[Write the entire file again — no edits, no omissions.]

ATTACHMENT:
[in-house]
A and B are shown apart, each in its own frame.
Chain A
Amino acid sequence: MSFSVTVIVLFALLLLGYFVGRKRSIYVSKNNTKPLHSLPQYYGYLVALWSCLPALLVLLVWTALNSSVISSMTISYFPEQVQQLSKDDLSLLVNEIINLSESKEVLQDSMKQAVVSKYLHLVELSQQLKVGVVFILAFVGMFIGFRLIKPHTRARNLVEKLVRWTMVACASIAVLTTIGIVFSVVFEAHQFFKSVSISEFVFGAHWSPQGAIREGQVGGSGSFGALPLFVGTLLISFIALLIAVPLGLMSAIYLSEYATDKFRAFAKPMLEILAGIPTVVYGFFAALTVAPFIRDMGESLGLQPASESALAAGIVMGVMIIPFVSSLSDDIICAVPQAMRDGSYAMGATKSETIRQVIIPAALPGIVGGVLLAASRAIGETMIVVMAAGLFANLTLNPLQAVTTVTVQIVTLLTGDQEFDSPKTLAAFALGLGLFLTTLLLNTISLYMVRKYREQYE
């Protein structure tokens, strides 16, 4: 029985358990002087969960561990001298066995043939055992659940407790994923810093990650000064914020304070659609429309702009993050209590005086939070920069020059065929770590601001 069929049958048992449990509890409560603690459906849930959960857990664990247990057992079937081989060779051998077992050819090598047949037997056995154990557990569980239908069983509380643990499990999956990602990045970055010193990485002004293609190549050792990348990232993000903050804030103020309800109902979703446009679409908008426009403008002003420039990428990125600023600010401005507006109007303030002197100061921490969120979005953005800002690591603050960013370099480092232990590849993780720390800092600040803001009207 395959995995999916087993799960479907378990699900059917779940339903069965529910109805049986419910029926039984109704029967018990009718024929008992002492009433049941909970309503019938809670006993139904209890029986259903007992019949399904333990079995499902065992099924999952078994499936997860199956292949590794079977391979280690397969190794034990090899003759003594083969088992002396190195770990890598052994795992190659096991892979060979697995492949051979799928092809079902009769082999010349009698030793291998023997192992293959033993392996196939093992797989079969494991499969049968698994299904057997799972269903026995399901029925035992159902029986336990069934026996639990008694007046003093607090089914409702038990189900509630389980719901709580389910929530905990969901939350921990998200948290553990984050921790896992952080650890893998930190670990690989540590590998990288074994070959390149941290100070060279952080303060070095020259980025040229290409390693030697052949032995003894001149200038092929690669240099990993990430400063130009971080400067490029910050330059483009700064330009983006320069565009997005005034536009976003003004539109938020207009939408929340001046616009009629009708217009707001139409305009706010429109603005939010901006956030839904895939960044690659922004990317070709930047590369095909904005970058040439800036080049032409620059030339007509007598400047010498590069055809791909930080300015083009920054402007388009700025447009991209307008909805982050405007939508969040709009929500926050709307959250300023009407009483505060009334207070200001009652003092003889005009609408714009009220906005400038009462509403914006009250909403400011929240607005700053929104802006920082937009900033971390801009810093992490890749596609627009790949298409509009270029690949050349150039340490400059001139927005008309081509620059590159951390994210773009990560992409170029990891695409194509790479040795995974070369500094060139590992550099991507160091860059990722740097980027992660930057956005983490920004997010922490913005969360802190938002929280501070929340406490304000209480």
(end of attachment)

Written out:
[in-house]
A and B are shown apart, each in its own frame.
Chain A
Amino acid sequence: MSFSVTVIVLFALLLLGYFVGRKRSIYVSKNNTKPLHSLPQYYGYLVALWSCLPALLVLLVWTALNSSVISSMTISYFPEQVQQLSKDDLSLLVNEIINLSESKEVLQDSMKQAVVSKYLHLVELSQQLKVGVVFILAFVGMFIGFRLIKPHTRARNLVEKLVRWTMVACASIAVLTTIGIVFSVVFEAHQFFKSVSISEFVFGAHWSPQGAIREGQVGGSGSFGALPLFVGTLLISFIALLIAVPLGLMSAIYLSEYATDKFRAFAKPMLEILAGIPTVVYGFFAALTVAPFIRDMGESLGLQPASESALAAGIVMGVMIIPFVSSLSDDIICAVPQAMRDGSYAMGATKSETIRQVIIPAALPGIVGGVLLAASRAIGETMIVVMAAGLFANLTLNPLQAVTTVTVQIVTLLTGDQEFDSPKTLAAFALGLGLFLTTLLLNTISLYMVRKYREQYE
């Protein structure tokens, strides 16, 4: 029985358990002087969960561990001298066995043939055992659940407790994923810093990650000064914020304070659609429309702009993050209590005086939070920069020059065929770590601001 069929049958048992449990509890409560603690459906849930959960857990664990247990057992079937081989060779051998077992050819090598047949037997056995154990557990569980239908069983509380643990499990999956990602990045970055010193990485002004293609190549050792990348990232993000903050804030103020309800109902979703446009679409908008426009403008002003420039990428990125600023600010401005507006109007303030002197100061921490969120979005953005800002690591603050960013370099480092232990590849993780720390800092600040803001009207 395959995995999916087993799960479907378990699900059917779940339903069965529910109805049986419910029926039984109704029967018990009718024929008992002492009433049941909970309503019938809670006993139904209890029986259903007992019949399904333990079995499902065992099924999952078994499936997860199956292949590794079977391979280690397969190794034990090899003759003594083969088992002396190195770990890598052994795992190659096991892979060979697995492949051979799928092809079902009769082999010349009698030793291998023997192992293959033993392996196939093992797989079969494991499969049968698994299904057997799972269903026995399901029925035992159902029986336990069934026996639990008694007046003093607090089914409702038990189900509630389980719901709580389910929530905990969901939350921990998200948290553990984050921790896992952080650890893998930190670990690989540590590998990288074994070959390149941290100070060279952080303060070095020259980025040229290409390693030697052949032995003894001149200038092929690669240099990993990430400063130009971080400067490029910050330059483009700064330009983006320069565009997005005034536009976003003004539109938020207009939408929340001046616009009629009708217009707001139409305009706010429109603005939010901006956030839904895939960044690659922004990317070709930047590369095909904005970058040439800036080049032409620059030339007509007598400047010498590069055809791909930080300015083009920054402007388009700025447009991209307008909805982050405007939508969040709009929500926050709307959250300023009407009483505060009334207070200001009652003092003889005009609408714009009220906005400038009462509403914006009250909403400011929240607005700053929104802006920082937009900033971390801009810093992490890749596609627009790949298409509009270029690949050349150039340490400059001139927005008309081509620059590159951390994210773009990560992409170029990891695409194509790479040795995974070369500094060139590992550099991507160091860059990722740097980027992660930057956005983490920004997010922490913005969360802190938002929280501070929340406490304000209480």